Small Wars Journal

Is Our Afghanistan Counterinsurgency Approach Irrelevant?

Wed, 12/29/2010 - 3:05pm
Is Our Afghanistan Counterinsurgency Approach Irrelevant?

by Colonel Lawrence Sellin

Download the Full Article: Is Our Afghanistan Counterinsurgency Approach Irrelevant?

"You know you never defeated us on the battlefield", said the American colonel.

His adversary pondered this remark a moment. "That may be so," he replied, "but it is also irrelevant."

That conversation occurred on 25 April 1975 in Hanoi between Colonel Harry G. Summers, Jr., then Chief, Negotiations Division, U.S. Delegation, Four Party Joint Military Team and Colonel Tu, Chief of the North Vietnamese Delegation.

Colonel Summers is now best known as the author of a powerful critique of the Vietnam War titled, On Strategy: A Critical Analysis of the Vietnam War. It analyzed the reasons behind the US tactical victory, but strategic defeat in that conflict.

Download the Full Article: Is Our Afghanistan Counterinsurgency Approach Irrelevant?

Lawrence Sellin, Ph.D. is a recently retired colonel with 29 years of service in the US Army Reserve. He is a veteran of Afghanistan and Iraq.

About the Author(s)


ok (not verified)

Sun, 01/09/2011 - 9:27am

unless the pakis stop supporting the taliban the sanctuaries will be kicking and alive. how sick is it that they take our money and then help the quetta shura simultaneously!!!

Madhu (not verified)

Sat, 01/08/2011 - 5:22am

one more:

Commenter Inteltrooper writes the following comment on a different SWJ post:

"My question is, if the ANP are neither an effective police nor paramilitary force, and serve only to victimize the population, what exactly are we doing propping them up? Either our approach to mentoring them is flawed or we've set them up from failure from an organizational standpoint (which I believe)."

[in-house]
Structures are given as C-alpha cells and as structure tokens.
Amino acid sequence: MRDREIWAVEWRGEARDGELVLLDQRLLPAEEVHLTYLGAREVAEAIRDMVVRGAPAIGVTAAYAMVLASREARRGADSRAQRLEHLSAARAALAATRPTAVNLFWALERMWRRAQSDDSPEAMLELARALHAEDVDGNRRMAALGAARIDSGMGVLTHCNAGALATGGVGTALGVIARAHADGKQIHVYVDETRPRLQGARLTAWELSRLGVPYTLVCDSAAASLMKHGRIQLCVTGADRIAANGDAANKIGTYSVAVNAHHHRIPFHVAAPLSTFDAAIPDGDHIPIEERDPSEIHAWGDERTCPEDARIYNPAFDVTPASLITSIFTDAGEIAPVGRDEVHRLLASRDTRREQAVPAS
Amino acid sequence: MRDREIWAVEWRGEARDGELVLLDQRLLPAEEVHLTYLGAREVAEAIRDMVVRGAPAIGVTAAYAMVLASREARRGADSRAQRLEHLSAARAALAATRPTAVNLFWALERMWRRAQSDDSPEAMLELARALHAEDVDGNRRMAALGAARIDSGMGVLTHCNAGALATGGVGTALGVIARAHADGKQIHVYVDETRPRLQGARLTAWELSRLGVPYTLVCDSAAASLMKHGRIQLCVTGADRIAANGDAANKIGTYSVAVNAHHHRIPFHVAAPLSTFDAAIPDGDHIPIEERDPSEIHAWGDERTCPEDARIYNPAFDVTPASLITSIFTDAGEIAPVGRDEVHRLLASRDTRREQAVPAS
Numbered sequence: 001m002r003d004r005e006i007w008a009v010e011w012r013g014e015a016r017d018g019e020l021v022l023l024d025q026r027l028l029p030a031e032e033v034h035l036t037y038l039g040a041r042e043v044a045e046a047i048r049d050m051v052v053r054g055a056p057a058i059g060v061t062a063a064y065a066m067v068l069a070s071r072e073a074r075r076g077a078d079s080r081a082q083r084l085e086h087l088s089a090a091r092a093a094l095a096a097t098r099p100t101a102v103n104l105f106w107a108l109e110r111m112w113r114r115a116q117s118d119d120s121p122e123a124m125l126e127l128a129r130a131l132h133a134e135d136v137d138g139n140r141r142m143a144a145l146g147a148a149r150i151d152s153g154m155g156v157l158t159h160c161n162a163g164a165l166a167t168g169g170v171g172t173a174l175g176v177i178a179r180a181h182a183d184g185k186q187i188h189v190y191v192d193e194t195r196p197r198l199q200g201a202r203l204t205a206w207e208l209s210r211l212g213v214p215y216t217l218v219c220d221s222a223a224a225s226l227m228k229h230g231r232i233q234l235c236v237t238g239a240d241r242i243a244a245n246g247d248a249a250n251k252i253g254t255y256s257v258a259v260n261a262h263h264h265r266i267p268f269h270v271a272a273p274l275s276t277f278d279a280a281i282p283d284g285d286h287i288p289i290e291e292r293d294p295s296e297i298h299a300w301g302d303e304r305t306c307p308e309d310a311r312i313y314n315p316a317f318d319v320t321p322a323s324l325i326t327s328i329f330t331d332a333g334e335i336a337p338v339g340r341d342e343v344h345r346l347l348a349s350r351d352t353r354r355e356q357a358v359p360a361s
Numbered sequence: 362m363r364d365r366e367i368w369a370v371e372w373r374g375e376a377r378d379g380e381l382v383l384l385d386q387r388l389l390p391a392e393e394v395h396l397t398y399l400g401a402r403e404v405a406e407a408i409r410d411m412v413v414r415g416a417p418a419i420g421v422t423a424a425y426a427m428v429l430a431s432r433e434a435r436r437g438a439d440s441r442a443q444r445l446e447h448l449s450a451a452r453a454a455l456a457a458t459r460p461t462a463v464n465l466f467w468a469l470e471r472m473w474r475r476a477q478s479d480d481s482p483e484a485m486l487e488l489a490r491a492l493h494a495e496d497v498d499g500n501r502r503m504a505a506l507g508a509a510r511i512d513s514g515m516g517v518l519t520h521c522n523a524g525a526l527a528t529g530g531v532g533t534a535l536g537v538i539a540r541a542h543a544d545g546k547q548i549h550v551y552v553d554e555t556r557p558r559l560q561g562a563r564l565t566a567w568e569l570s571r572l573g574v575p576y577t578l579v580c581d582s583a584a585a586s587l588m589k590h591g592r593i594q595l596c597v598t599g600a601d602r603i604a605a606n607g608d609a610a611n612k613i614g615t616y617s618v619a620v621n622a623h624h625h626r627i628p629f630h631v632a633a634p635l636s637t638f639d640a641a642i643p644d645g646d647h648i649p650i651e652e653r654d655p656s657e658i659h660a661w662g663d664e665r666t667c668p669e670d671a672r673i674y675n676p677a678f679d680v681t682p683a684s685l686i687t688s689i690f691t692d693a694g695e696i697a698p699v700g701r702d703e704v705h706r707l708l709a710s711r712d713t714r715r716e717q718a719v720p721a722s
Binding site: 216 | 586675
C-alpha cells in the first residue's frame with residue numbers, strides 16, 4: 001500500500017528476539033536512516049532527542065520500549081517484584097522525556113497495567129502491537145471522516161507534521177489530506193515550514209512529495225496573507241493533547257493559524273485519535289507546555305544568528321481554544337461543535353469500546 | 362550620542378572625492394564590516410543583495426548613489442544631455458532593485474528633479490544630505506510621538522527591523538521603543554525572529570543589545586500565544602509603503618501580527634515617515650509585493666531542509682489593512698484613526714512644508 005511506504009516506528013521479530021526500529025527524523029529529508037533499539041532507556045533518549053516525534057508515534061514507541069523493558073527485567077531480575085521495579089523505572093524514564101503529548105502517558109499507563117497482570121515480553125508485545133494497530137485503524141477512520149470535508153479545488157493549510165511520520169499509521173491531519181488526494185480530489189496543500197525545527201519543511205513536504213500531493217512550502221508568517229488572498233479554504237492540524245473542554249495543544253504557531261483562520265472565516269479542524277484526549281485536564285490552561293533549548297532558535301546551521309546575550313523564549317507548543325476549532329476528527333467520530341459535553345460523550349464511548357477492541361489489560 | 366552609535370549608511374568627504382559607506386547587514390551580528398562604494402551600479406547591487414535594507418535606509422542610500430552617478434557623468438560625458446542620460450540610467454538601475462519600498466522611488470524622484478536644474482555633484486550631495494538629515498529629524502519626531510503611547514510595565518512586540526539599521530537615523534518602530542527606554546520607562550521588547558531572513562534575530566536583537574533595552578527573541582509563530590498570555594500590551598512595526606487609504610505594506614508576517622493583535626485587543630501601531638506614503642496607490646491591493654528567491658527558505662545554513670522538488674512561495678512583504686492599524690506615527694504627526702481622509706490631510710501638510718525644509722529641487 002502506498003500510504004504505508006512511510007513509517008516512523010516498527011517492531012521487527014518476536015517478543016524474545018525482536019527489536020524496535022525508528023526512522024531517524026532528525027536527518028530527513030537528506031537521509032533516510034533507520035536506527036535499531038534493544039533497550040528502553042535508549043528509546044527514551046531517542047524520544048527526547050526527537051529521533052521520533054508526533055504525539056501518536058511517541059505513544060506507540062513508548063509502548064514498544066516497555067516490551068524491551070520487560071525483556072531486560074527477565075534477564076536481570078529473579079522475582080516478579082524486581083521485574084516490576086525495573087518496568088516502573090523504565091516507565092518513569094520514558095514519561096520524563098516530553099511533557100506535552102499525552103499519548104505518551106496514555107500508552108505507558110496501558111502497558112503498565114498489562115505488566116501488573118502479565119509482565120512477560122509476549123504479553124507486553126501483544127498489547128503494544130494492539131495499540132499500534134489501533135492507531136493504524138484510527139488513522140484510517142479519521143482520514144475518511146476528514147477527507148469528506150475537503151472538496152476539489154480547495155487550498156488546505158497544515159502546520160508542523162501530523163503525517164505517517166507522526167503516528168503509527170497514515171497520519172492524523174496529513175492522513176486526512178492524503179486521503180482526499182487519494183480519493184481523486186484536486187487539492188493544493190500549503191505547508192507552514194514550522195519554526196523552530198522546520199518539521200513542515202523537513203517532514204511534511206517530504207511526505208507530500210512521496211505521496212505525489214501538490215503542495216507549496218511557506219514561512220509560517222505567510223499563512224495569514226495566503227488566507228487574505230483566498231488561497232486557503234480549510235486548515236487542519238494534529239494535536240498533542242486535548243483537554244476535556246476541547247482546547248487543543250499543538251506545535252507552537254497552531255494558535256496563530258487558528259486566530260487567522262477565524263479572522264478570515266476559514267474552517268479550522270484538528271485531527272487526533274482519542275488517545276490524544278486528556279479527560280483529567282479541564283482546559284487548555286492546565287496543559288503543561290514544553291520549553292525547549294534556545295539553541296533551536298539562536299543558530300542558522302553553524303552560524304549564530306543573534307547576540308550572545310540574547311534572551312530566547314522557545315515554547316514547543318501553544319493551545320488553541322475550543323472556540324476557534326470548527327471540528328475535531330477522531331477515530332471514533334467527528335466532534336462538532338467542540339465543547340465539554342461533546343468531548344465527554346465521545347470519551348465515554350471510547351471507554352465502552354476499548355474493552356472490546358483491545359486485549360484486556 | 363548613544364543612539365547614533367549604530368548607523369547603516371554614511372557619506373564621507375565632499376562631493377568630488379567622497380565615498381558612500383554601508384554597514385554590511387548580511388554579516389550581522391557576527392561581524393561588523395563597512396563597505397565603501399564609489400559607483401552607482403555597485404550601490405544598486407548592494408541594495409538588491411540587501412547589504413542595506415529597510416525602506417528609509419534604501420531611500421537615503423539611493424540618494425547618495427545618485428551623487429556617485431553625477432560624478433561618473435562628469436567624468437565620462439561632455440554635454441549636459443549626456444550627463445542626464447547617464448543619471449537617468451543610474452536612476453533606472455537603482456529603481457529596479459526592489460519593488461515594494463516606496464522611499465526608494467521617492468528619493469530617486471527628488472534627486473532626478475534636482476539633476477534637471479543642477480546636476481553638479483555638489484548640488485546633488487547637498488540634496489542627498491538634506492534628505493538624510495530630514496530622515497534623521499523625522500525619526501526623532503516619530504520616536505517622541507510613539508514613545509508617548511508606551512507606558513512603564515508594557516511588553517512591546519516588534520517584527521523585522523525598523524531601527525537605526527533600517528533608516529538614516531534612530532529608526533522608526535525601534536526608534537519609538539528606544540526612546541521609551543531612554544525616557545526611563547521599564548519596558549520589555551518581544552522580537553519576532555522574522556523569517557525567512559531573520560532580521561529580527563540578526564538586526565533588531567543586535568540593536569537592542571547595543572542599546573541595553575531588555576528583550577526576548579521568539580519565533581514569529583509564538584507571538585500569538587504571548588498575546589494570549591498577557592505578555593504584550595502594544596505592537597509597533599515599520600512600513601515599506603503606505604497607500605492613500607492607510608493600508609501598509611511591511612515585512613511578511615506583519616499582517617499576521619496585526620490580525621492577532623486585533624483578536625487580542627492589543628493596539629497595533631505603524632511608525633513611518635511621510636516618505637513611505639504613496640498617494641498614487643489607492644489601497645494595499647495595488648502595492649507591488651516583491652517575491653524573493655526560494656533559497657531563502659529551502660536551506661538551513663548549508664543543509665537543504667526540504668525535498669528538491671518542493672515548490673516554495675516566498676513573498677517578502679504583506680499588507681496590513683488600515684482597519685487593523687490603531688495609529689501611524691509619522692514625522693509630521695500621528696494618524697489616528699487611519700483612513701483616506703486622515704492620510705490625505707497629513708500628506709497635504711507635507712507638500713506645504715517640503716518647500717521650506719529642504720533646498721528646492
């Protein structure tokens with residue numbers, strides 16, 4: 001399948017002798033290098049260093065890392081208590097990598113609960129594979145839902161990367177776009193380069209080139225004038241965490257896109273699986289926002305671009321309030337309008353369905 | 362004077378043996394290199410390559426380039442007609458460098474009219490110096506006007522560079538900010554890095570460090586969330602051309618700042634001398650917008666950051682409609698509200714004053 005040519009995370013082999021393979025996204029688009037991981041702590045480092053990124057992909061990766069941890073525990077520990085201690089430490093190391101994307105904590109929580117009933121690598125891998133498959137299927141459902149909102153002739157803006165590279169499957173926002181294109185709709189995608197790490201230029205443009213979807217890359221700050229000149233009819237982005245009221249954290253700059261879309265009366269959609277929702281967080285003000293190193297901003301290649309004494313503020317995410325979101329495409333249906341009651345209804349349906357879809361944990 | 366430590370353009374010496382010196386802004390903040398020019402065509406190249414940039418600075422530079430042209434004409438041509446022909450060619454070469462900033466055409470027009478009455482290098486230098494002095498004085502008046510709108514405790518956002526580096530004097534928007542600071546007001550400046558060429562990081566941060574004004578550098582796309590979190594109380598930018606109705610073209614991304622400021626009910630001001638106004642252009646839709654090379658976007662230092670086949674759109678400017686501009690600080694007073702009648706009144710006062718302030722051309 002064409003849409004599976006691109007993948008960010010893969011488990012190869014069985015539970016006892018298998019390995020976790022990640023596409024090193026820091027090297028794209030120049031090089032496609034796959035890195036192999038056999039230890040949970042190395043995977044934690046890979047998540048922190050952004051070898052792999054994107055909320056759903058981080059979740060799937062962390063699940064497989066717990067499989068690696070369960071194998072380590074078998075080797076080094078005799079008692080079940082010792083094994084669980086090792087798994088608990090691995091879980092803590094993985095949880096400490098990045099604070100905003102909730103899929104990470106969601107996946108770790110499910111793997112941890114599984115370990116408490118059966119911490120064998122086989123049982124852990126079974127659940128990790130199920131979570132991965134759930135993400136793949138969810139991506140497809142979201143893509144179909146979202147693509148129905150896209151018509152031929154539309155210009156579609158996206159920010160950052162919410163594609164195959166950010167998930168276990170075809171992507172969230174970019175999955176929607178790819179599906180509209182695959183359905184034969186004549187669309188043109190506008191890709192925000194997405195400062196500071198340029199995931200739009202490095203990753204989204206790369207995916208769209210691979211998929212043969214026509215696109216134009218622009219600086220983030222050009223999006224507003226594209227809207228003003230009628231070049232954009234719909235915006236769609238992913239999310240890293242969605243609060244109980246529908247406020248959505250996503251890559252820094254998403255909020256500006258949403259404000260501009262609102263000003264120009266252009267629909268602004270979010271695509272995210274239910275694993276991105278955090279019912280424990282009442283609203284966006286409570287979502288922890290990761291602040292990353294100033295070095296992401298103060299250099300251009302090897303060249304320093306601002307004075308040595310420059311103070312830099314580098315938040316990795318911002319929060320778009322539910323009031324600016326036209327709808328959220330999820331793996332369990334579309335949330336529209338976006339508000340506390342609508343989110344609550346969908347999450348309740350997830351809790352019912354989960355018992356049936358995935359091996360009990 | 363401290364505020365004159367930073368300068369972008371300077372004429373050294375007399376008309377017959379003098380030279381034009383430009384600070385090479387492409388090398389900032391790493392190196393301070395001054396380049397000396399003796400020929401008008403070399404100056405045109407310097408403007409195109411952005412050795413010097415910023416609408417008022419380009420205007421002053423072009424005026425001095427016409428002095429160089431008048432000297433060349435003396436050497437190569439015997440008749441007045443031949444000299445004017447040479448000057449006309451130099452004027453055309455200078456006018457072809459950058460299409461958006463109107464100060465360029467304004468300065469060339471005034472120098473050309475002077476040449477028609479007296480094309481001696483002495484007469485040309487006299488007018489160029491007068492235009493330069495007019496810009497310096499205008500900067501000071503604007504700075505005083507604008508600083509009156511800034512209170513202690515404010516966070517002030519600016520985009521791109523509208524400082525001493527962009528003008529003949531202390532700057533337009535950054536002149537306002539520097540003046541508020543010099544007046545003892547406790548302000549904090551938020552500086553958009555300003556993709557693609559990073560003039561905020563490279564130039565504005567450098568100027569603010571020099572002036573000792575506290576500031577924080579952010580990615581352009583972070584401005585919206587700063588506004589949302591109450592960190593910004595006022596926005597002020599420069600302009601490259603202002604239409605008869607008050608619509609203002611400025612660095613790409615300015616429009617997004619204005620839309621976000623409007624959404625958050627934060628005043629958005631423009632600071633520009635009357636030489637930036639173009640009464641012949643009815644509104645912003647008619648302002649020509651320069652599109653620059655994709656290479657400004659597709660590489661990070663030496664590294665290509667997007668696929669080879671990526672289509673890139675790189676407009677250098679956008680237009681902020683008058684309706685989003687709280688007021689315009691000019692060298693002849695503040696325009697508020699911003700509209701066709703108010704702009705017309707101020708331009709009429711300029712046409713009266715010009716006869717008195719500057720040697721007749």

That is not the first time I have seen such an opinion expressed. Focus on ANA?

Madhu (not verified)

Sat, 01/08/2011 - 5:03am

Thanks for the responses <strong>6ogurez</strong>

First, I want to apologize for the use of "swanning around" in my previous comment.

I'm an outsider civilian to all of this but will try to answer your very good questions.

<strong>On Kashmir</strong>: Unfortunately, I have to answer a question with a question! Would this envoy be a specially appointed high profile position? If this is done publicly it will be met with very great unhappiness in the Indian capital and be vociferously resisted. If chances of success are slim, giving up this kind of diplomatic "capital" is fruitless.

Better to encourage talks behind the scenes between the leaders. Again, my question back to you would be: how can we assure any agreement would be upheld? Participants have tried to hammer out many an agreement in the past. The sticking point has generally (but not always) been a weak civilian Pakistani government that cannot keep any "peace" agreement. How will an envoy solve this fundamental problem?

1. I've read differing assessments of the ANP and ANA. By too big I meant the logistics trail of keeping the ANA and ANP supplied. Where will the supplies come from and who will pay? The absolute numbers of ANA and ANP seem too big to be sustainable long term to me but I don't know for sure. A third less but focus on the ANA and those units that have shown more progress?

I'd love to have someone else jump in. There is this: